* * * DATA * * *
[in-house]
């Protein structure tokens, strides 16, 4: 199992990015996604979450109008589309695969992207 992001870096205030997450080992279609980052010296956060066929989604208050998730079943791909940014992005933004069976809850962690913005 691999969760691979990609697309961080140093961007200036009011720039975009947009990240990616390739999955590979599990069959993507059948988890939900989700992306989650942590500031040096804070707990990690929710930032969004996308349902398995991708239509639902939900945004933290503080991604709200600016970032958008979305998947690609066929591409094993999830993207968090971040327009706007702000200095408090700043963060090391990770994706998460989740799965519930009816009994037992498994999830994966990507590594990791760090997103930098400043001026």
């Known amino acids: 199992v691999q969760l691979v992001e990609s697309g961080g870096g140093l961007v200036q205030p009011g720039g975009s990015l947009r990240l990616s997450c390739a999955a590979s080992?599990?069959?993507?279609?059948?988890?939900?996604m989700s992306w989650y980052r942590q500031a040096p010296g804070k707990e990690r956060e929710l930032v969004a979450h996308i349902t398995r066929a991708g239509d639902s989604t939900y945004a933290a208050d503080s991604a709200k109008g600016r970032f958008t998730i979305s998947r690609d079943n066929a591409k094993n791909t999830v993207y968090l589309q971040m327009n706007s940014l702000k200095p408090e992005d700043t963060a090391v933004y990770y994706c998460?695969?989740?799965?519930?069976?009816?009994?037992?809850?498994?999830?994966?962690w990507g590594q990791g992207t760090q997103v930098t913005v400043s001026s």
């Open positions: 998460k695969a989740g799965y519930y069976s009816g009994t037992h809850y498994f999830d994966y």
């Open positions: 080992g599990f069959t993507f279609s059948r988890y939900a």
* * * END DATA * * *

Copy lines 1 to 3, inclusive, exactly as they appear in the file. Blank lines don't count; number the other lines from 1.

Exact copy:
[in-house]
């Protein structure tokens, strides 16, 4: 199992990015996604979450109008589309695969992207 992001870096205030997450080992279609980052010296956060066929989604208050998730079943791909940014992005933004069976809850962690913005 691999969760691979990609697309961080140093961007200036009011720039975009947009990240990616390739999955590979599990069959993507059948988890939900989700992306989650942590500031040096804070707990990690929710930032969004996308349902398995991708239509639902939900945004933290503080991604709200600016970032958008979305998947690609066929591409094993999830993207968090971040327009706007702000200095408090700043963060090391990770994706998460989740799965519930009816009994037992498994999830994966990507590594990791760090997103930098400043001026």
């Known amino acids: 199992v691999q969760l691979v992001e990609s697309g961080g870096g140093l961007v200036q205030p009011g720039g975009s990015l947009r990240l990616s997450c390739a999955a590979s080992?599990?069959?993507?279609?059948?988890?939900?996604m989700s992306w989650y980052r942590q500031a040096p010296g804070k707990e990690r956060e929710l930032v969004a979450h996308i349902t398995r066929a991708g239509d639902s989604t939900y945004a933290a208050d503080s991604a709200k109008g600016r970032f958008t998730i979305s998947r690609d079943n066929a591409k094993n791909t999830v993207y968090l589309q971040m327009n706007s940014l702000k200095p408090e992005d700043t963060a090391v933004y990770y994706c998460?695969?989740?799965?519930?069976?009816?009994?037992?809850?498994?999830?994966?962690w990507g590594q990791g992207t760090q997103v930098t913005v400043s001026s």